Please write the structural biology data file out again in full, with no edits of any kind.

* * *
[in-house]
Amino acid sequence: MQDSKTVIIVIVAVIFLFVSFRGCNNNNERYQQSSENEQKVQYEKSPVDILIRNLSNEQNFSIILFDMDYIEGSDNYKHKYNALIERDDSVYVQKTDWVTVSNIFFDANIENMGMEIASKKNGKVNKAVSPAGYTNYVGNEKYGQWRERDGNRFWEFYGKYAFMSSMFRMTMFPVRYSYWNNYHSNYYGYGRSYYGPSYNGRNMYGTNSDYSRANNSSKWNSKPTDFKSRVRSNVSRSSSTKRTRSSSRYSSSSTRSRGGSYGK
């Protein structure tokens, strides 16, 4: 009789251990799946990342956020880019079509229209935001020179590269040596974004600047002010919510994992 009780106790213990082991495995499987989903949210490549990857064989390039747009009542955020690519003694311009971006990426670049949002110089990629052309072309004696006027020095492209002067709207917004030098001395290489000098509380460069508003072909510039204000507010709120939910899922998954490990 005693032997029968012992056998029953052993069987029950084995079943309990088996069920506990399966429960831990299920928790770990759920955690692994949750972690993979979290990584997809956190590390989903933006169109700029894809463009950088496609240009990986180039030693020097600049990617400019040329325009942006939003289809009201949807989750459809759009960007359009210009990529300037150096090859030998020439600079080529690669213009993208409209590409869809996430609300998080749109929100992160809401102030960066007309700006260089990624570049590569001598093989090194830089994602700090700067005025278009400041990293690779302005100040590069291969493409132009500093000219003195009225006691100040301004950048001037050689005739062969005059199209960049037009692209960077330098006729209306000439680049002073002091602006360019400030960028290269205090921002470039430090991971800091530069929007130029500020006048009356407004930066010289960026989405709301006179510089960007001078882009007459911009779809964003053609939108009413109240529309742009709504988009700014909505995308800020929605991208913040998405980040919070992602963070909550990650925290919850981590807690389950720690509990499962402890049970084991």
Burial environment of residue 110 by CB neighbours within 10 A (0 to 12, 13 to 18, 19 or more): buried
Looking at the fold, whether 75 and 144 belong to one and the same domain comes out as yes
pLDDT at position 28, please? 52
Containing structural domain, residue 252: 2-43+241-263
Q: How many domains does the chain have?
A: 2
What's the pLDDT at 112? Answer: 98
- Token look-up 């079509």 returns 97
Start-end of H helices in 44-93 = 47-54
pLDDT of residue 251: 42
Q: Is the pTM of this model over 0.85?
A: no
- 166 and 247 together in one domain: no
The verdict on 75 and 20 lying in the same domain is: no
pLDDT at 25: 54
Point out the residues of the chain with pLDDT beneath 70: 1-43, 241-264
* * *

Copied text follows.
[in-house]
Amino acid sequence: MQDSKTVIIVIVAVIFLFVSFRGCNNNNERYQQSSENEQKVQYEKSPVDILIRNLSNEQNFSIILFDMDYIEGSDNYKHKYNALIERDDSVYVQKTDWVTVSNIFFDANIENMGMEIASKKNGKVNKAVSPAGYTNYVGNEKYGQWRERDGNRFWEFYGKYAFMSSMFRMTMFPVRYSYWNNYHSNYYGYGRSYYGPSYNGRNMYGTNSDYSRANNSSKWNSKPTDFKSRVRSNVSRSSSTKRTRSSSRYSSSSTRSRGGSYGK
């Protein structure tokens, strides 16, 4: 009789251990799946990342956020880019079509229209935001020179590269040596974004600047002010919510994992 009780106790213990082991495995499987989903949210490549990857064989390039747009009542955020690519003694311009971006990426670049949002110089990629052309072309004696006027020095492209002067709207917004030098001395290489000098509380460069508003072909510039204000507010709120939910899922998954490990 005693032997029968012992056998029953052993069987029950084995079943309990088996069920506990399966429960831990299920928790770990759920955690692994949750972690993979979290990584997809956190590390989903933006169109700029894809463009950088496609240009990986180039030693020097600049990617400019040329325009942006939003289809009201949807989750459809759009960007359009210009990529300037150096090859030998020439600079080529690669213009993208409209590409869809996430609300998080749109929100992160809401102030960066007309700006260089990624570049590569001598093989090194830089994602700090700067005025278009400041990293690779302005100040590069291969493409132009500093000219003195009225006691100040301004950048001037050689005739062969005059199209960049037009692209960077330098006729209306000439680049002073002091602006360019400030960028290269205090921002470039430090991971800091530069929007130029500020006048009356407004930066010289960026989405709301006179510089960007001078882009007459911009779809964003053609939108009413109240529309742009709504988009700014909505995308800020929605991208913040998405980040919070992602963070909550990650925290919850981590807690389950720690509990499962402890049970084991």
Burial environment of residue 110 by CB neighbours within 10 A (0 to 12, 13 to 18, 19 or more): buried
Looking at the fold, whether 75 and 144 belong to one and the same domain comes out as yes
pLDDT at position 28, please? 52
Containing structural domain, residue 252: 2-43+241-263
Q: How many domains does the chain have?
A: 2
What's the pLDDT at 112? Answer: 98
- Token look-up 């079509």 returns 97
Start-end of H helices in 44-93 = 47-54
pLDDT of residue 251: 42
Q: Is the pTM of this model over 0.85?
A: no
- 166 and 247 together in one domain: no
The verdict on 75 and 20 lying in the same domain is: no
pLDDT at 25: 54
Point out the residues of the chain with pLDDT beneath 70: 1-43, 241-264